Sadly the building never became "the headquarters of a major prestigous company" but it does host a Oriental Restaurant. Not what Sheffield City Council had envisaged in October 1989  

Thursday 23 November 2017

Alfred Hancock's Accident - Sheffield January 1932

Sheffield's City Hall was officially opened in September 1932 but nine months prior to the event the site was the scene of an unusual accident

This cutting is from The Times and is dated 18th January 1932

It was a pure twist of fate but Alfred Hancock had a lucky escape from a terrifying death. I have checked the BMD registers for the period but can fing no trace of his death and so I can only summise that he survived his injuries  

Sheffield Methodist Bookshop (1839 - 1991)

A cutting from the Sheffield Telegraph 1991 marking the closure after 152 years of the Methodist Book shop. I remember it from the 1960's on Sheffield's Chapel Walk. The reasons given for the closure are still relevant today.

St. Vincent's Home for Belgian Refugees, Shirle Hill, Cherry Tree Road, Sheffield

I came across this rather marvelous photograph that must have been taken over 100 years ago

Britain welcomed around 250,000 Belgians to its shores following the German invasion of Belgium in August 1914. Sheffield offered hospitality to some 3,000 of these displaced Belgians. Shirle Hill at Nether Edge became a receiving base for Belgian refugees and other receiving bases were established in Westbrook House, Firvale House, Wadsley Hall and the Ecclesall Union.

The core of the Shirle Hill, (Cherry Tree Road, Nether Edge) was built in 1809. For a time it was the home of John Brown who founded the world famous firm of John Brown and Co. Ltd. More information is in the publication "Old Sharrow and Nether Edge in Photographs" by the Nether Edge Neighbourhood Group

Monday 20 November 2017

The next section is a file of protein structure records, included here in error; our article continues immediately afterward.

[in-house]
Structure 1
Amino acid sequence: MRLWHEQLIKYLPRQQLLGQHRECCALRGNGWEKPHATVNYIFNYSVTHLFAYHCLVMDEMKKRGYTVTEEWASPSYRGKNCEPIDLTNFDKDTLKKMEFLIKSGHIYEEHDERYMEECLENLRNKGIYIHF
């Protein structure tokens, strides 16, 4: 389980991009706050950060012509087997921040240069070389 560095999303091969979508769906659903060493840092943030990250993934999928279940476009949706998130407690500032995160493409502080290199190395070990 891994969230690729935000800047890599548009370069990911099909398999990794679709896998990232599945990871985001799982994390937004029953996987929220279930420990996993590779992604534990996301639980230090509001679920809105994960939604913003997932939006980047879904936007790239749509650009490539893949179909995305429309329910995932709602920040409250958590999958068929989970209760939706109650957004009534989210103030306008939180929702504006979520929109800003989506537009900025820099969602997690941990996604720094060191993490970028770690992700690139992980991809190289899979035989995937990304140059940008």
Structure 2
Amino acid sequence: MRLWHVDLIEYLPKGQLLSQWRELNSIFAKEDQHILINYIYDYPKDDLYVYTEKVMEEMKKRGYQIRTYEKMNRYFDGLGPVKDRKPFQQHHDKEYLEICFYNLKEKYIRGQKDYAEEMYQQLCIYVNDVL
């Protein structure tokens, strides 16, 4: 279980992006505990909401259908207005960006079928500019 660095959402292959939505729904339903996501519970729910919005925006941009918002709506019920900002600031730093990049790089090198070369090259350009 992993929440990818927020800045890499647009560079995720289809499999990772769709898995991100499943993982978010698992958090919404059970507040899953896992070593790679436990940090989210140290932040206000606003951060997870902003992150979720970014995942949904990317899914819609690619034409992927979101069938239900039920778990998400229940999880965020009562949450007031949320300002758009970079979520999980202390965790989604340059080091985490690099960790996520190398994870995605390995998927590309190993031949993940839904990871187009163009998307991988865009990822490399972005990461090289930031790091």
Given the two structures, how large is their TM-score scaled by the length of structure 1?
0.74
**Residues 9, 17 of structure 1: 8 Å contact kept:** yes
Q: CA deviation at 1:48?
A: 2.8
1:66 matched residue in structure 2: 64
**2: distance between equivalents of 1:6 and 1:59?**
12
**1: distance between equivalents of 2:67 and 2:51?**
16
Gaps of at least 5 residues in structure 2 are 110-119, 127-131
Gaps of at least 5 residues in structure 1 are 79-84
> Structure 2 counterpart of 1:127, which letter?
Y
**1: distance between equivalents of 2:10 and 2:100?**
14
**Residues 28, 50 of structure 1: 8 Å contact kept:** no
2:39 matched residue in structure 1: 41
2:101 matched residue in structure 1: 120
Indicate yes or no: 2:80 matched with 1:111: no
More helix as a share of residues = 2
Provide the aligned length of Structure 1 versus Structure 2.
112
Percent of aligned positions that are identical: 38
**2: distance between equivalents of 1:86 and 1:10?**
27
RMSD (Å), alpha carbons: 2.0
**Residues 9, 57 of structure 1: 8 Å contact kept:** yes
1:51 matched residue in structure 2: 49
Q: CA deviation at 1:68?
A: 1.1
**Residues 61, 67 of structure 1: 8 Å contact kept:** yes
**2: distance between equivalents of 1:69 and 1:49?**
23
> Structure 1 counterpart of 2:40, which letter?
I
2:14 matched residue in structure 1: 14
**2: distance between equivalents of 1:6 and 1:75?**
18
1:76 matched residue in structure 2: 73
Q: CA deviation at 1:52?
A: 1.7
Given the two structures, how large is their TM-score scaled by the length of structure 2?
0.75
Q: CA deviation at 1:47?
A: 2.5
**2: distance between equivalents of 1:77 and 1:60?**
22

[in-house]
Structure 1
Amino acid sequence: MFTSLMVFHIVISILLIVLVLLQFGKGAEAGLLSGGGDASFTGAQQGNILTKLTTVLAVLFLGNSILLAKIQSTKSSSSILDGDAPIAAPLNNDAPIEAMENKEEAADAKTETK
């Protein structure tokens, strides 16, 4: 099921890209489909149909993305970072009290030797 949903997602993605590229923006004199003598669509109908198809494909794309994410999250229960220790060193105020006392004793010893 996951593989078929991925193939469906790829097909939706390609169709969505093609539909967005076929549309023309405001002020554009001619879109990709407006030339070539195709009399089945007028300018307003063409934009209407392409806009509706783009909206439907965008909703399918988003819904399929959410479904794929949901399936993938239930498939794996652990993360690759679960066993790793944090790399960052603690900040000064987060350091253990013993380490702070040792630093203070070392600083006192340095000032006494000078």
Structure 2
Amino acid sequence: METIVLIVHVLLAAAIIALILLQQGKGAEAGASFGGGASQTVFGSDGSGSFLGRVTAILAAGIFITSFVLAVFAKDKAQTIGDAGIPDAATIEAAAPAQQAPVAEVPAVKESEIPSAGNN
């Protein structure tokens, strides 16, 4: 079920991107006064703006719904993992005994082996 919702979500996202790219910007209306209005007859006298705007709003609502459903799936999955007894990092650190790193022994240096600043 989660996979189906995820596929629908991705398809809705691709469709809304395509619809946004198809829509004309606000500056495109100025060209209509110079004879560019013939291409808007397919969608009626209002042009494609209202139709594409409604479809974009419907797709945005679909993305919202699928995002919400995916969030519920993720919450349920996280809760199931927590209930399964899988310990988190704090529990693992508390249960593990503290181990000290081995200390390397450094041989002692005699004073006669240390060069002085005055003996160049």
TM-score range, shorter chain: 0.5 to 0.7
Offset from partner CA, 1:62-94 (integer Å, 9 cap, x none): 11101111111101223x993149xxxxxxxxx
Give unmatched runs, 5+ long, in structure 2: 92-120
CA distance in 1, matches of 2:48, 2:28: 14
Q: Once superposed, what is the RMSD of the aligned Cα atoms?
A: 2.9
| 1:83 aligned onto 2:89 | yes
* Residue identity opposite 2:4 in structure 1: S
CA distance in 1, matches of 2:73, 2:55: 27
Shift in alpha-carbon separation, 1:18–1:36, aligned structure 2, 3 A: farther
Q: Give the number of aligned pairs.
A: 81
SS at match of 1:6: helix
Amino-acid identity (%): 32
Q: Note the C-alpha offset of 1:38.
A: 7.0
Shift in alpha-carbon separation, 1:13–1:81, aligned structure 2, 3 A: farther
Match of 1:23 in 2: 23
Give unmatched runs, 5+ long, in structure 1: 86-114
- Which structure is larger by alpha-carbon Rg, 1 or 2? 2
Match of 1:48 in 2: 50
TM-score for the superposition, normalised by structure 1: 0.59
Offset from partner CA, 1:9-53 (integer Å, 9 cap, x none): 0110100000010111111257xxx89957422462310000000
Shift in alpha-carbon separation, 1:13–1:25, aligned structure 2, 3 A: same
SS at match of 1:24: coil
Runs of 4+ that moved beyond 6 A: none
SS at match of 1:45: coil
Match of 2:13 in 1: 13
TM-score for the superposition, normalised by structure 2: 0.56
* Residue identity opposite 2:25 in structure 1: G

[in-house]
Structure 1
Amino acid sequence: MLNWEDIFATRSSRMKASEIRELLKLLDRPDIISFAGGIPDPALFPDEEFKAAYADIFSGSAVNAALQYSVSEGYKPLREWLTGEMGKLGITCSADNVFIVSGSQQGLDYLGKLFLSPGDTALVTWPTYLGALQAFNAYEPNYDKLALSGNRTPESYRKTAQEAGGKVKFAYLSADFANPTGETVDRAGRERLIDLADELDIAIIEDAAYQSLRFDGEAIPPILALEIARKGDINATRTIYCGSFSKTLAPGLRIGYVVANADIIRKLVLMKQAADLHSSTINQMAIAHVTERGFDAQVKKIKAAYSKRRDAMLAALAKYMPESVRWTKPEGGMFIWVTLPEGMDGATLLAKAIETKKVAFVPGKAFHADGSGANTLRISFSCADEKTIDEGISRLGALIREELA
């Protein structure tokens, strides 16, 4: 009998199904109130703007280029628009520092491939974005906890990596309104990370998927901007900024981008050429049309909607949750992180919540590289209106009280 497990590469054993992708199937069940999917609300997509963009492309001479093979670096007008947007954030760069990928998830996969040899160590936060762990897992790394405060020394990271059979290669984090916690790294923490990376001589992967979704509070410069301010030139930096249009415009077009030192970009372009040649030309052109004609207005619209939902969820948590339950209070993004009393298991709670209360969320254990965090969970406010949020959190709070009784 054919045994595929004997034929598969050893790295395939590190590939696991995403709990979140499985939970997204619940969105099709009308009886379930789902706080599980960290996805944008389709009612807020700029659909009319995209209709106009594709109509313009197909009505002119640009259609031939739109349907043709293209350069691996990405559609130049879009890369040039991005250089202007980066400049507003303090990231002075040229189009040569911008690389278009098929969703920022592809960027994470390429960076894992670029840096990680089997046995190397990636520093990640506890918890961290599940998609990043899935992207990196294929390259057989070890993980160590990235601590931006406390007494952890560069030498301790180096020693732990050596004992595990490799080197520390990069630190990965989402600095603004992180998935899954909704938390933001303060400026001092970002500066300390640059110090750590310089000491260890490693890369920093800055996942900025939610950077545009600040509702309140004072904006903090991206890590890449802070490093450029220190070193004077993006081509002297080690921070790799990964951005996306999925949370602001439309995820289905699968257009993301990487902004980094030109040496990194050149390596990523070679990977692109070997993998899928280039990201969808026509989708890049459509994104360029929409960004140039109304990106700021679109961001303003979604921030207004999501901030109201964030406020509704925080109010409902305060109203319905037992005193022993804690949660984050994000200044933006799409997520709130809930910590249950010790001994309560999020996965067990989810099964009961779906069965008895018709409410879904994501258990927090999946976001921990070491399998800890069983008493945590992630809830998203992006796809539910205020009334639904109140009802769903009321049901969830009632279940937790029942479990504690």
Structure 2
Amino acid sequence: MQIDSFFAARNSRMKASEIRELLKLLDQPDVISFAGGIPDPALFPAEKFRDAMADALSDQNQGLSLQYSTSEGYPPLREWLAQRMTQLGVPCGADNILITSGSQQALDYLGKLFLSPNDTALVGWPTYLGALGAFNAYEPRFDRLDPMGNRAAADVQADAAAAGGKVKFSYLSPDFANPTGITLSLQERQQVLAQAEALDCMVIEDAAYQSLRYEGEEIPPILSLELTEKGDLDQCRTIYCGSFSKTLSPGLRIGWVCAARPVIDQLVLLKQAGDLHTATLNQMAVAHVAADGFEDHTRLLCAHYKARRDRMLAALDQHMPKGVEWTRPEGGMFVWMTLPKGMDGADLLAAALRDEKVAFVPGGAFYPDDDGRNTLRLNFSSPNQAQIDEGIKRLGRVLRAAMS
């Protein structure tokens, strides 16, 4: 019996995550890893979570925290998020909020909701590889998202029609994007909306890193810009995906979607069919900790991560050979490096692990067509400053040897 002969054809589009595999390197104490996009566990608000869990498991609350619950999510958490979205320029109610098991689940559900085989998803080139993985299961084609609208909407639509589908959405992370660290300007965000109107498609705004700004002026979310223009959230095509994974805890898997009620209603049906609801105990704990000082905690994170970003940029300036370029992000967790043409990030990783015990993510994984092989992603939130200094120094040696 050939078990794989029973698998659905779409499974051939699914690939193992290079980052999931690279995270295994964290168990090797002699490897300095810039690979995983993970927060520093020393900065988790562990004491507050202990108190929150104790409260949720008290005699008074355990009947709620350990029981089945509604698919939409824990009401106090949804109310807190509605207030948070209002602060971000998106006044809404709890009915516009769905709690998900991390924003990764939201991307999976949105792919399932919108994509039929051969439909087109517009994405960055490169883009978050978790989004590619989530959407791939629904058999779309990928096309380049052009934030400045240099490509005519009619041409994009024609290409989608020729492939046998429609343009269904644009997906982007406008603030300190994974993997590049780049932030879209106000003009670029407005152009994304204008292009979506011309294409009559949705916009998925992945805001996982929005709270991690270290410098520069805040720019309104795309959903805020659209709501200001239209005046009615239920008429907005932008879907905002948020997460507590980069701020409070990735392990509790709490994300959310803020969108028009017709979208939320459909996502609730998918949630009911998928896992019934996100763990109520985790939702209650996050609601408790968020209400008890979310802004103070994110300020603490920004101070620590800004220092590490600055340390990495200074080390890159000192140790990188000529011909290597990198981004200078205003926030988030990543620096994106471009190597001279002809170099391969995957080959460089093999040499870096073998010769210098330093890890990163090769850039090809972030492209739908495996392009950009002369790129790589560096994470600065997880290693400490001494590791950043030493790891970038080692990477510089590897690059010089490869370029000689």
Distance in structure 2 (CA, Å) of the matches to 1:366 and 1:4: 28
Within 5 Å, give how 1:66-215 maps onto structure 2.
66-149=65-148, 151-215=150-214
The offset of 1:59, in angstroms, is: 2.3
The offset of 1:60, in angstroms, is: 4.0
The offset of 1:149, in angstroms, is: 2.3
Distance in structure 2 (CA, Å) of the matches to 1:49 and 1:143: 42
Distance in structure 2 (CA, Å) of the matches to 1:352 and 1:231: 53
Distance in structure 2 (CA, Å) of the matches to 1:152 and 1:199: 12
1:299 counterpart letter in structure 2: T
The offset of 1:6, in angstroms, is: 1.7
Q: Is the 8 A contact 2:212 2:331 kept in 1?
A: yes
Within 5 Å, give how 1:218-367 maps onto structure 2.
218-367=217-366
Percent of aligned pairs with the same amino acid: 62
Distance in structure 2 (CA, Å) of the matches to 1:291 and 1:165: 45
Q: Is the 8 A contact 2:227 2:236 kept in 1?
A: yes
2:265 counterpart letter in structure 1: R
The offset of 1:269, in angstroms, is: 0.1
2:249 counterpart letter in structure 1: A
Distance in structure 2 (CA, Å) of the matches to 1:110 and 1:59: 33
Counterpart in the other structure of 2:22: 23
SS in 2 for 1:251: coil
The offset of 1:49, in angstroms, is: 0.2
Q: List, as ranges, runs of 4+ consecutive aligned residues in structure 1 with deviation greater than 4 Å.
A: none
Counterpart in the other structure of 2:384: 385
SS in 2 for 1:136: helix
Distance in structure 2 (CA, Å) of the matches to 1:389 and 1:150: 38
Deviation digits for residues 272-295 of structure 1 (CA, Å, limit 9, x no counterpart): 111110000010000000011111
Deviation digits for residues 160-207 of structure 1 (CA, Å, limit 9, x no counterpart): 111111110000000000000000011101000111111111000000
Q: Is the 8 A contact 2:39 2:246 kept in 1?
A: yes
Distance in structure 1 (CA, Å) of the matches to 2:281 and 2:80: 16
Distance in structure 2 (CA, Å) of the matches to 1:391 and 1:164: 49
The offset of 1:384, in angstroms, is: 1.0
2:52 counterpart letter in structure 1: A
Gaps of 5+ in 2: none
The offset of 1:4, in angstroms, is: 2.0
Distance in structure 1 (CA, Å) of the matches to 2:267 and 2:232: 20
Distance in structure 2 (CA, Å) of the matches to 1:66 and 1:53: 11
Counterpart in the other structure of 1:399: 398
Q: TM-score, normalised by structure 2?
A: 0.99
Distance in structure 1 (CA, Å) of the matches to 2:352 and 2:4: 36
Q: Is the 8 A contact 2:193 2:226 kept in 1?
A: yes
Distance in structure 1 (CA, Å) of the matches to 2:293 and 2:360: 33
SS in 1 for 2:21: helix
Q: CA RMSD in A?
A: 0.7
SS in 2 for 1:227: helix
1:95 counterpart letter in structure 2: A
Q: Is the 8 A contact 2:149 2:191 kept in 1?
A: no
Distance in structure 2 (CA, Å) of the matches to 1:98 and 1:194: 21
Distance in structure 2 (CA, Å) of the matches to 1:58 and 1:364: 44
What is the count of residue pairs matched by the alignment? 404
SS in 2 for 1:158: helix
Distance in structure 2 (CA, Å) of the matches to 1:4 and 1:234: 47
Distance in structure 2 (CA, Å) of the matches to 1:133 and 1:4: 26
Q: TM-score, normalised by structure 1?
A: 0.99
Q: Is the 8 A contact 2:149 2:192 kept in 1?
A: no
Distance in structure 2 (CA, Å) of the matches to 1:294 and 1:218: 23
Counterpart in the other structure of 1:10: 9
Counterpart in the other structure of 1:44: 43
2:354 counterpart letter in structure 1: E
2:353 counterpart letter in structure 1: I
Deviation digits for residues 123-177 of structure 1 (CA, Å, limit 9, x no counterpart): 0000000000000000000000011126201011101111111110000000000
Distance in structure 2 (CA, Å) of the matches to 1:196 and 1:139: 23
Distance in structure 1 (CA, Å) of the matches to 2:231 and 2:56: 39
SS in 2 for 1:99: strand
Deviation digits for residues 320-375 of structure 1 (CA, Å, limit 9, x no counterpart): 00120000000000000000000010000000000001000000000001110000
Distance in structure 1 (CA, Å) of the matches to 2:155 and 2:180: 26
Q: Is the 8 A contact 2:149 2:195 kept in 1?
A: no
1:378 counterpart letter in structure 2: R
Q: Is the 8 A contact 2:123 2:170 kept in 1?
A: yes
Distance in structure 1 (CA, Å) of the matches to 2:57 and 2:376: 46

Beauchief Post Office Sheffield

I came across this postcard recently that shows the old post office at Beauchief (Sheffield). It was on the corner of Abbey Lane and Abbeydale Road South, opposite the former Beauchief Hotel (Abbeydale Station Hotel)

The site is now occupied by a set of mundane flats/apartments and before those were built, it was a garage forecourt.

There is no date on the postcard but it looks as though it was taken in the inter-war period. The tram tracks are visible and there are no motor vehicle in sight!.

The post office was still there in June 1964. There is a copyrighted photograph on Picture Sheffield that shows the building but the tram tracks had been taken up by that time.

I would like to know when the post office demolished, and more importantly for what reason.

Wednesday 8 November 2017

Tudor Square Sheffield 7th June 1991

The following cutting is from the Sheffield Telegraph dated Friday 7th June 1991 and refers to the official opening of Sheffield's Tudor Square 

Until I read this cutting I was unaware that this was the first public square to be opened in Sheffield for nigh on 81 years. And of course the square nowadays is rather different form when it was opened - the grassed area has disappeared and has been replaced by flagstones